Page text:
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Kyle Kovacs, Steven Sparr, Assumpta Madu; Glaucomatous disease in patients with normal pressure hydrocephalus. Invest. Ophthalmol. Vis. Sci. 2014;55(13):4302.
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© ARVO (1962-2015); The Authors (2016-present)
To delineate the possible relationship between glaucoma and normal pressure hydrocephalus (NPH) based on disease prevalence, uncovering an underlying susceptibility of neural pathways to compressive damage intrinsic to the extracellular matrix, cytoskeleton, or impediment of axonal transport. Given an underlying discrepancy in the susceptibility of their neuronal pathways to pressure, then there should be elevated rates of such diseases as well as worse disease severity in this target population.
This IRB-approved study was a retrospective analysis of all patients diagnosed with NPH at a major medical center between January 1997 and November 2013. Using an electronic research tool, Clinical Looking Glass (CLG), all patients with an ICD-9 coded diagnosis of NPH were identified and then confirmed upon chart review looking at neuroimaging, lumbar puncture results, and clinical notes. Two age-matched control groups were generated by searching CLG for: 1) patients who received a diagnosis of hydrocephalus based on ICD-9 codes, and 2) patients who had neuroimaging performed (MRI or CT scan) whose reports indicated evidence of dilated ventricles (but no NPH diagnosis). Using ICD-9 codes all three groups were searched for patients who received a diagnosis of glaucoma, constricting the diagnoses to include only open-angle variants. Chi-square tests were used to compare disease rates between groups.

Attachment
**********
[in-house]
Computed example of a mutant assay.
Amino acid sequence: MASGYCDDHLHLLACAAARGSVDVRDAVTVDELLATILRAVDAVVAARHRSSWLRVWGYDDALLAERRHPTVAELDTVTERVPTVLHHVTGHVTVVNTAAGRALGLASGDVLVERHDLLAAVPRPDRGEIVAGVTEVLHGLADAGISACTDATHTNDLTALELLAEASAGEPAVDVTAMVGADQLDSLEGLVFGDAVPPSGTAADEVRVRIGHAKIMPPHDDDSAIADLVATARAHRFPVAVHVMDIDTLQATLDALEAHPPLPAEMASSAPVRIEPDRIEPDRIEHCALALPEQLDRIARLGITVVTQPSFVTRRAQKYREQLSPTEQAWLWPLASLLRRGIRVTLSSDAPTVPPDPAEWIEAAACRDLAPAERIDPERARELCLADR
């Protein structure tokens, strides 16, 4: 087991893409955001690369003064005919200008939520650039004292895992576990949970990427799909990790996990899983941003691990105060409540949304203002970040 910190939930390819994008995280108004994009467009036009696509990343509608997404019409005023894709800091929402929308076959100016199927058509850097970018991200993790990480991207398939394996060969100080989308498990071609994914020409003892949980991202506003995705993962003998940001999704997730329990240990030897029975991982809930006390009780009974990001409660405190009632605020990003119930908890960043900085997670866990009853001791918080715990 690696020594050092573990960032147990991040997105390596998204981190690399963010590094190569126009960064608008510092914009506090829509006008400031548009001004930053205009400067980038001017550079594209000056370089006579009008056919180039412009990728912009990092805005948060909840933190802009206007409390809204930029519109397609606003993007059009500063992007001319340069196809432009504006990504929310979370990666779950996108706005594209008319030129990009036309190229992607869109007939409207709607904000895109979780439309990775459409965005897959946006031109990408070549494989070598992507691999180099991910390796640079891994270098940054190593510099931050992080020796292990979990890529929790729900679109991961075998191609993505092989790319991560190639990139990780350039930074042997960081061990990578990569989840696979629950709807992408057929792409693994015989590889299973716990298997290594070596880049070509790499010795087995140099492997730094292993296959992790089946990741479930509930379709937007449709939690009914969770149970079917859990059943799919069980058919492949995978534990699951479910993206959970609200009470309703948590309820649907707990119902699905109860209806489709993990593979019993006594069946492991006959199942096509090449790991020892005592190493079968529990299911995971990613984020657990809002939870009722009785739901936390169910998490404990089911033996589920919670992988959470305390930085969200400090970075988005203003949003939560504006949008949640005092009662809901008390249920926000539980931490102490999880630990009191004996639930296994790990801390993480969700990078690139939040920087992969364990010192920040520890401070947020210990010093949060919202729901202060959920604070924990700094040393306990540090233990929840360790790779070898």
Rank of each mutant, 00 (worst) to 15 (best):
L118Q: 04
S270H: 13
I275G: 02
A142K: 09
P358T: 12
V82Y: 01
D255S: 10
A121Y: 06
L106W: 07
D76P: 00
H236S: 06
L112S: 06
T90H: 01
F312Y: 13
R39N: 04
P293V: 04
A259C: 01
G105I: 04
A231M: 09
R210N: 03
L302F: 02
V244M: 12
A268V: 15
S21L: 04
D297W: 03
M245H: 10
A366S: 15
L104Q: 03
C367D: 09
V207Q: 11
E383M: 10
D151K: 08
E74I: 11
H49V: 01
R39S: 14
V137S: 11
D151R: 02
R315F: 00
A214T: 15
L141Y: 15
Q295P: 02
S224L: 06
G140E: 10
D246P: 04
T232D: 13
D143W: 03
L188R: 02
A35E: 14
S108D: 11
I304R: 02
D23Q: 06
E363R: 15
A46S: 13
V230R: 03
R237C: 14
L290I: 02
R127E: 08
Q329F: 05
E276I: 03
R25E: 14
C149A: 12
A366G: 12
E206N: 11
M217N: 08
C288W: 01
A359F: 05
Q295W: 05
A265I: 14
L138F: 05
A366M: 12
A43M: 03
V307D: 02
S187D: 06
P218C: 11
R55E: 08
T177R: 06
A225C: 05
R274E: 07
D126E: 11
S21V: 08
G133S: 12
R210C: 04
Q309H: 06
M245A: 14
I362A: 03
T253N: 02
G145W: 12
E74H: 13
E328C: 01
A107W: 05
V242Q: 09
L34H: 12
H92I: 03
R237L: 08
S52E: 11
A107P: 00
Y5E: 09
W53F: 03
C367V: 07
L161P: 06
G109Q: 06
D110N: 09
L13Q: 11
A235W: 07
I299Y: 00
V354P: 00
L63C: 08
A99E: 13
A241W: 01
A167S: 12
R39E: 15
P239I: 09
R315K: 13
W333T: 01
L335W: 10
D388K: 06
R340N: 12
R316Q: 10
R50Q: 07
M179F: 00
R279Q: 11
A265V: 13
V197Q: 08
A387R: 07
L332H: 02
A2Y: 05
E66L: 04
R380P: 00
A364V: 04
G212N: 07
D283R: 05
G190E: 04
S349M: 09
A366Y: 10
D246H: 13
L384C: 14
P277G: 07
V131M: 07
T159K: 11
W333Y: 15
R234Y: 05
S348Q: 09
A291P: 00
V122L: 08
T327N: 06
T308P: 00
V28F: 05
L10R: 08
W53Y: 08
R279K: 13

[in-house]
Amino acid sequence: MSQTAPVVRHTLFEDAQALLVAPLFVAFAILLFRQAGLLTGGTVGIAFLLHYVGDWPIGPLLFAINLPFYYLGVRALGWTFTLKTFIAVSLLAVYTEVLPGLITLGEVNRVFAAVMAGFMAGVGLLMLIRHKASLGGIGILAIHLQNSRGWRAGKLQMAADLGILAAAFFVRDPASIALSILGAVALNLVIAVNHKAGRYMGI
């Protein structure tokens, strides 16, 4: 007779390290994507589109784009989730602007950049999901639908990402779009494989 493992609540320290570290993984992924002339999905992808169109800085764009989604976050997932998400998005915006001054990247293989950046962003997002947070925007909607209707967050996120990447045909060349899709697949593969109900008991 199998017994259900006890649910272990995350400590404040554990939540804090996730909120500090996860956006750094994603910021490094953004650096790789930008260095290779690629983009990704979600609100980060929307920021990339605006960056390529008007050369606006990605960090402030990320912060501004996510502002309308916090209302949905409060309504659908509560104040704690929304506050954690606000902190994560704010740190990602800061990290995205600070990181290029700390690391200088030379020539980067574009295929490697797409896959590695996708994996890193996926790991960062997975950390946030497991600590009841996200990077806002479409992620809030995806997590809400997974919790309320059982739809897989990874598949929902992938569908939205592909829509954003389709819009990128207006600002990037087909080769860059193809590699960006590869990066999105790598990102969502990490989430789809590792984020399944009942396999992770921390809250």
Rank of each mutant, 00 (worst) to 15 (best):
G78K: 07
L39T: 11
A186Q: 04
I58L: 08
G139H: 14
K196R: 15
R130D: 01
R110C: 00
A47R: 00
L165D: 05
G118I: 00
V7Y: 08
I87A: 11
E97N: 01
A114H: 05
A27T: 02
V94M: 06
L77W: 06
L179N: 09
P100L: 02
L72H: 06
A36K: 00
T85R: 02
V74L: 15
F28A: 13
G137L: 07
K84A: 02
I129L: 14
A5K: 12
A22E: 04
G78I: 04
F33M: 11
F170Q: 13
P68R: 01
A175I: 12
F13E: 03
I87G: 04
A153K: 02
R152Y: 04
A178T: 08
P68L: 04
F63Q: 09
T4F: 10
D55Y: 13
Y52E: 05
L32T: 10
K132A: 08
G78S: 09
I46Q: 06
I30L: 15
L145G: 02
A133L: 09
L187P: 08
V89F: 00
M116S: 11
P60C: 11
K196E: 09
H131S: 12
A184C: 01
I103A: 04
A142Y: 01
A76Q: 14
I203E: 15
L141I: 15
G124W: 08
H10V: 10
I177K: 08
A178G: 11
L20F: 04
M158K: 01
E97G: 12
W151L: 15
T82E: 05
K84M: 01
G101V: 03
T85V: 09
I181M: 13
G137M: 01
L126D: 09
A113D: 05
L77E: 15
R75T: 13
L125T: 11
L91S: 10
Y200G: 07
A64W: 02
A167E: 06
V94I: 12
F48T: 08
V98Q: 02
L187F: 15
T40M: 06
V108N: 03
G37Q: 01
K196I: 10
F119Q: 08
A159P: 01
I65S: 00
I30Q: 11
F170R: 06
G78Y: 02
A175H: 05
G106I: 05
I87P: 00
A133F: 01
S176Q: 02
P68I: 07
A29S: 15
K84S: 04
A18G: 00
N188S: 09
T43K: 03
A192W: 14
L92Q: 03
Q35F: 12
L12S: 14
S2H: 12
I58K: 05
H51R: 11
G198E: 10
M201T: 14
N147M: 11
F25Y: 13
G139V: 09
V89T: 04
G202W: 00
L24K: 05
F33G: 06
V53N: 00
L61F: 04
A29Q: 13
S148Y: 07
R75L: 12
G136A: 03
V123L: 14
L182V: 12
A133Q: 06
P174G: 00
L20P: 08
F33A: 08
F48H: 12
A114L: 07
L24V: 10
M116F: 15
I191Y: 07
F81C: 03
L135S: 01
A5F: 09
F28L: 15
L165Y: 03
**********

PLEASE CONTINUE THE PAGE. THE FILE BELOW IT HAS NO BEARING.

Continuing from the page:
There were 182 patients with NPH identified, of which 24 were also held glaucoma diagnoses (13.2%). In the age-matched hydrocephalus group, 7.1% of patients were diagnosed with glaucoma (p=0.056). In the age-matched dilated ventricle group 9.9% of patients were diagnosed with glaucoma (p=0.32). The average ages in years for the three groups were 73.3 ± 13.2, 73.8 ± 11.9, and 72.8 ± 15.4, respectively.
There is a trend of elevated rates of glaucoma in patients with NPH compared with control groups, with the comparison of the hydrocephalus group to the NPH group showing near statistical significance. This appears to indicate an underlying susceptibility of neurons to barometric insult in this patient population. Further comparison of disease severity between these patient groups needs to be assessed.
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